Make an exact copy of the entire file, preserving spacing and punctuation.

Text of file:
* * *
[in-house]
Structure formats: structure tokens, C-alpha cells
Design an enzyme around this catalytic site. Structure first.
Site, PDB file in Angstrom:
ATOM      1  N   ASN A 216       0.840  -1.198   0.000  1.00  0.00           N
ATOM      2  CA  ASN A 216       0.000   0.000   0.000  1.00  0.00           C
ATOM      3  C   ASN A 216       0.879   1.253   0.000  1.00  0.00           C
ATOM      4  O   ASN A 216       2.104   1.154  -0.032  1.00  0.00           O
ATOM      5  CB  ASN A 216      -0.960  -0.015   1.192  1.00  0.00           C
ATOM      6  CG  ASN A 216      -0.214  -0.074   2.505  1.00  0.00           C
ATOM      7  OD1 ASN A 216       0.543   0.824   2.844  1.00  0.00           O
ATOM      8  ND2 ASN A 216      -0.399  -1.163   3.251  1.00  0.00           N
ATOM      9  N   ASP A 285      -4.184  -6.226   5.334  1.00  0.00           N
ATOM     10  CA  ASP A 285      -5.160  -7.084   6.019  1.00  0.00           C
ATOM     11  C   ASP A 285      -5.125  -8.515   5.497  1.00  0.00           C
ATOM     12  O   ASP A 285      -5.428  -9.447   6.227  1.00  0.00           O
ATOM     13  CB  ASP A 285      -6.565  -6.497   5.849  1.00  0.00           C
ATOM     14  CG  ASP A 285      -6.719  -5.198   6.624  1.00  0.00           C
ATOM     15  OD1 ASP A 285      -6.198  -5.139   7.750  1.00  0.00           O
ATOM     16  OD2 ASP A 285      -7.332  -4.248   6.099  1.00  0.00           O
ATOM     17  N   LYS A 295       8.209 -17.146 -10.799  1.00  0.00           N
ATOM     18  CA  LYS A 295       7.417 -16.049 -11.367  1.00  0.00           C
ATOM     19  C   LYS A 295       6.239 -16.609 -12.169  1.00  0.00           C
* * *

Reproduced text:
[in-house]
Structure formats: structure tokens, C-alpha cells
Design an enzyme around this catalytic site. Structure first.
Site, PDB file in Angstrom:
ATOM      1  N   ASN A 216       0.840  -1.198   0.000  1.00  0.00           N
ATOM      2  CA  ASN A 216       0.000   0.000   0.000  1.00  0.00           C
ATOM      3  C   ASN A 216       0.879   1.253   0.000  1.00  0.00           C
ATOM      4  O   ASN A 216       2.104   1.154  -0.032  1.00  0.00           O
ATOM      5  CB  ASN A 216      -0.960  -0.015   1.192  1.00  0.00           C
ATOM      6  CG  ASN A 216      -0.214  -0.074   2.505  1.00  0.00           C
ATOM      7  OD1 ASN A 216       0.543   0.824   2.844  1.00  0.00           O
ATOM      8  ND2 ASN A 216      -0.399  -1.163   3.251  1.00  0.00           N
ATOM      9  N   ASP A 285      -4.184  -6.226   5.334  1.00  0.00           N
ATOM     10  CA  ASP A 285      -5.160  -7.084   6.019  1.00  0.00           C
ATOM     11  C   ASP A 285      -5.125  -8.515   5.497  1.00  0.00           C
ATOM     12  O   ASP A 285      -5.428  -9.447   6.227  1.00  0.00           O
ATOM     13  CB  ASP A 285      -6.565  -6.497   5.849  1.00  0.00           C
ATOM     14  CG  ASP A 285      -6.719  -5.198   6.624  1.00  0.00           C
ATOM     15  OD1 ASP A 285      -6.198  -5.139   7.750  1.00  0.00           O
ATOM     16  OD2 ASP A 285      -7.332  -4.248   6.099  1.00  0.00           O
ATOM     17  N   LYS A 295       8.209 -17.146 -10.799  1.00  0.00           N
ATOM     18  CA  LYS A 295       7.417 -16.049 -11.367  1.00  0.00           C
ATOM     19  C   LYS A 295       6.239 -16.609 -12.169  1.00  0.00           C